Storytelling is one of humankind’s oldest art forms, but it’s only recently that it’s become a business buzzword, synonymous with professional growth and career success.
In our recent webinar, How to tell your professional story (log in to listen on demand), Pippa Isbell highlighted some of the key storytelling techniques you can apply to your individual circumstances. Here she shares her insight into some of the specific challenges facing everywomanNetwork members – and explains how telling true, authentic, well-crafted stories could be the answer.
Q: I feel like I am always overlooked within my company despite being more experienced than my colleagues. How can I use storytelling to get ahead?
A: When was the last time you took stock of your professional expertise? Conduct a thorough SWOT analysis, trying to pinpoint your exact strengths and talents, as well as any weaknesses that might be holding you back. If there are gaps that need to be plugged, formulate a plan and communicate it to your boss, demonstrating that you’ve self-awareness and are taking charge of your own career.
Where your strong points are concerned, you need to bring these to the fore. What is it you want decision makers to come to you for? What need do you want to service? Be clear about exactly what it is you bring to the team, and then work out how you can construct this into a simple message that others can easily grab onto. If you’re struggling to uncover your expertise, give yourself some distance: ask yourself how a recruitment agent would set about selling you in the marketplace. Or enlist the help of a mentor.
As you develop an area of expertise, you might find it useful to find brand ambassadors – individuals who believe in you and what you do and are willing to put themselves out for you, speaking up for you when opportunities come along, and ensuring your talents are known far and wide.
Q: I’ve done a lot of work around understanding my strengths. The problem is that I feel uneasy bigging myself up around others. How can I get more comfortable with “blowing my own trumpet?”
You’re not alone. 62% of everywomanNetwork members struggle with self-promotion. You’ve correctly identified that your reluctance is holding you back, so it’s crucial you do what you can to break that impasse. Add “because” to the end of your statement “I hate blowing my own trumpet,” and see what you can come up with. What is it you really dislike? Pick away until the real issue becomes clear.
A mindset switch is most likely in order. What you perceive as bigging yourself up is actually a way of helping others understand who you are and what you do. “If you’re going to get on,” says Pippa Isbell, “you need to be able to articulate your professional story, along with all your strengths and the unique value you add.”
Q: I’m just starting out in my career and don’t have tons of work experience to share. How can I begin to use storytelling at work?
No two paths are the same, so whatever experiences you’ve had up until now are individual to you. Think about the choices you made throughout your education, the life lessons you’ve learned, the journey you went on to get that very first role, what skills and talents won you the job over others starting out on the career ladder – they all mean something and give you the basis for telling your own, unique story.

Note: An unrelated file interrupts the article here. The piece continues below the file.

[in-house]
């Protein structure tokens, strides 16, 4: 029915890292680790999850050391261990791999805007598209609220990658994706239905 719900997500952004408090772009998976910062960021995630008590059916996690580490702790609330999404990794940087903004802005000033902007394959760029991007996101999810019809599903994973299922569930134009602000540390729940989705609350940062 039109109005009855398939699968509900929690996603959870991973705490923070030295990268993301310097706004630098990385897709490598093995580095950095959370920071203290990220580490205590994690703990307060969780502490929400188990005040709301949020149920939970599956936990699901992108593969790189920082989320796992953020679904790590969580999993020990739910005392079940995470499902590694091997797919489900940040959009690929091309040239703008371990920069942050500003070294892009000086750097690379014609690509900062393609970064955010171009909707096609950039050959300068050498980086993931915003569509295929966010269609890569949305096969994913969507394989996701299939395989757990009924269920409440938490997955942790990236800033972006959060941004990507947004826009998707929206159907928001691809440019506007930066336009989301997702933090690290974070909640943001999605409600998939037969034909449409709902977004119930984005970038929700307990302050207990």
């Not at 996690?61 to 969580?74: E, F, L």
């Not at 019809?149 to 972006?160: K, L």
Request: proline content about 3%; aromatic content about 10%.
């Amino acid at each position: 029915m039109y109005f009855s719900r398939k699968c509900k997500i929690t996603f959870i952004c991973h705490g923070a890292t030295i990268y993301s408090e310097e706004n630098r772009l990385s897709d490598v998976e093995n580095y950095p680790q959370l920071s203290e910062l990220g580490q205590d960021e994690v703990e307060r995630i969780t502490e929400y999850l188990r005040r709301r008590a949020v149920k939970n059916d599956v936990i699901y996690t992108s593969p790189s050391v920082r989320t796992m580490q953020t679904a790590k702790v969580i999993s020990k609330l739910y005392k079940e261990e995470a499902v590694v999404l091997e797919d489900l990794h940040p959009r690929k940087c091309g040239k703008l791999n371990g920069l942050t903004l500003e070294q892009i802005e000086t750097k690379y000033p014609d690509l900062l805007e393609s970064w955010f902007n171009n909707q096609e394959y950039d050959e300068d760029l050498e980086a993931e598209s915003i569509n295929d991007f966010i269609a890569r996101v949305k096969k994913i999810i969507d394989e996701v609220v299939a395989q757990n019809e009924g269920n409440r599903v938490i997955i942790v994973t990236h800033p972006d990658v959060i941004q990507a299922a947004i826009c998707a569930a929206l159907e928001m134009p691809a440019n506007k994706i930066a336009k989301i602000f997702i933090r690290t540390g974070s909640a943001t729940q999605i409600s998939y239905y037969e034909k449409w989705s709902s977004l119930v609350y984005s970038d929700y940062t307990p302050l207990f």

As you progress, remember that past experiences all add up to the potential for story generation. Put yourself forward, speak up with ideas, volunteer to help with things, do everything you do to the best of your ability. Take notes, keep diaries, record unexpected lessons you learn along the way and in that way you’ll be collecting and curating your own story bank.
Q: I know what it is I bring to the workplace but I’m struggling to pack all that into an authentic and concise elevator pitch. Is there a winning formula I can use?
A: Rather than relaying your expertise by sharing your job title and then listing all your roles and responsibilities, think about the ways that you use your expertise and what happens as a result. Try filling in the blanks on this: “I use my expertise at work to _____. My expertise adds value by _____. This helps colleagues or customers to _____. The result is _____.” See Pippa Isbell’s example of using this opposite – note that she has tweaked the sentence prompts to fit with how she naturally communicates.
“The important thing here,” says Pippa, “is that those prompts just help you identify the bones. After that you have to create the flesh of the story.”
Q: I’m aiming for a promotion and am hoping to be able to use storytelling techniques when presenting to my boss.
A: “You need to be careful with this one because these conversations need to be natural,” cautions Pippa Isbell. “However, what you can do is prepare for the conversation by thinking like a business journalist.
“Imagine you are a writer and the goal of your story is to get your message across. The story has to have a beginning, middle, and an end, just like your business case for why you – rather than anyone else – should secure that promotion. Write out the story and then practice it out loud to make it natural, so that it can flow even if you feel a bit nervous.”
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